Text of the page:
Only as it pertains to the first "group" must a person act "for the purpose of producing any child sexually abusive material" in order to violate MCL 750.145c(2). In contrast, as it pertains to the second and third groups, the person must act in an effort to facilitate "child sexually abusive activity or child sexually abusive material . . . ." Id. (emphasis added). The Legislature's use of the disjunctive "or" in the statute is determinative. Mich Pub Serv Co v Cheboygan, 324 Mich. 309, 341 (1949) (" 'Or' is . . . used to indicate a disunion, a separation, an alternative."). "[O]r" thus indicates the Legislature's intention to criminalize not only efforts to produce child sexually abusive material, but also efforts to engage in child sexually abusive activity. See id. Had the Legislature intended to only proscribe activity that is undertaken with the purpose of creating child sexually abusive material, it would have said as much, as it did in setting forth the first group of violators under MCL 750.145c(2).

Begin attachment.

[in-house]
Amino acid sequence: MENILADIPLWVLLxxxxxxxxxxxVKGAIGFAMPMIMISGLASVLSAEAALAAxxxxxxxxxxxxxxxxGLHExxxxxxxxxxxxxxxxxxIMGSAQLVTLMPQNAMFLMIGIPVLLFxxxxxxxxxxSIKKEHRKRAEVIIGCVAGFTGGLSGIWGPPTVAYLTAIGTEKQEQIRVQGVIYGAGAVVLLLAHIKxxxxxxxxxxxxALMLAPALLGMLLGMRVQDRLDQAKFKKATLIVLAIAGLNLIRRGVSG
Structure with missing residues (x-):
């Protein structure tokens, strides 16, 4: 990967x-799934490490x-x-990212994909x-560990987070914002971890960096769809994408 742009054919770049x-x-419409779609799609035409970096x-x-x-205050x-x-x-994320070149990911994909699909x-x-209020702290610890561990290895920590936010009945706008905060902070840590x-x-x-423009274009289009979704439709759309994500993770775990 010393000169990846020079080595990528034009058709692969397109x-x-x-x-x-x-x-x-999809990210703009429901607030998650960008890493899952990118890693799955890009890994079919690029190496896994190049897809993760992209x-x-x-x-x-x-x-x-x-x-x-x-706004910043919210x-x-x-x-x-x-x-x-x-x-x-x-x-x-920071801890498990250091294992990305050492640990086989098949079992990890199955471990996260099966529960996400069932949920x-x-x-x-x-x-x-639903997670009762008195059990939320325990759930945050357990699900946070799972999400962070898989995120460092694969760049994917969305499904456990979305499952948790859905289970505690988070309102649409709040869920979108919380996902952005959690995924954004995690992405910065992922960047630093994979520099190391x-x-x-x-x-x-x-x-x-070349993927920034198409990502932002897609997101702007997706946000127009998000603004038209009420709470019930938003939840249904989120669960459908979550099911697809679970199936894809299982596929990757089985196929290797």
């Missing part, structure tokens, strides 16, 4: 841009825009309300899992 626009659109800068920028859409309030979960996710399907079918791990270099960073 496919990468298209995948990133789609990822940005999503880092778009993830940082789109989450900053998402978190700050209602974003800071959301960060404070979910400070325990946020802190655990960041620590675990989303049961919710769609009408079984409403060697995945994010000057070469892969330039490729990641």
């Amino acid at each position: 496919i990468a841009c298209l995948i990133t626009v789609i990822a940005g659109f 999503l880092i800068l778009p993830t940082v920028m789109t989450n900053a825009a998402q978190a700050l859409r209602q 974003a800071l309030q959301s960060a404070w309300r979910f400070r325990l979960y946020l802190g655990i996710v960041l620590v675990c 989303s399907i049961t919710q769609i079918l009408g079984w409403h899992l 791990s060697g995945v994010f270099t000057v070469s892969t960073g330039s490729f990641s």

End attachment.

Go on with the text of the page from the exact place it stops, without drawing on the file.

Accordingly, the Court of Appeals correctly upheld defendant's conviction under MCL 750.145c(2). Willis, 322 Mich.App. at 582. Defendant, a 52-year-old man at the time of the conduct relevant to this case, offered a 16-year-old boy, i.e., a "child" under MCL 750.145c, money in exchange for sexual activities. Thus, defendant "attempt[ed] . . . to arrange for . . . or finance . . . child sexually abusive activity . . . for personal . . . purposes . . . ." MCL 750.145c(2).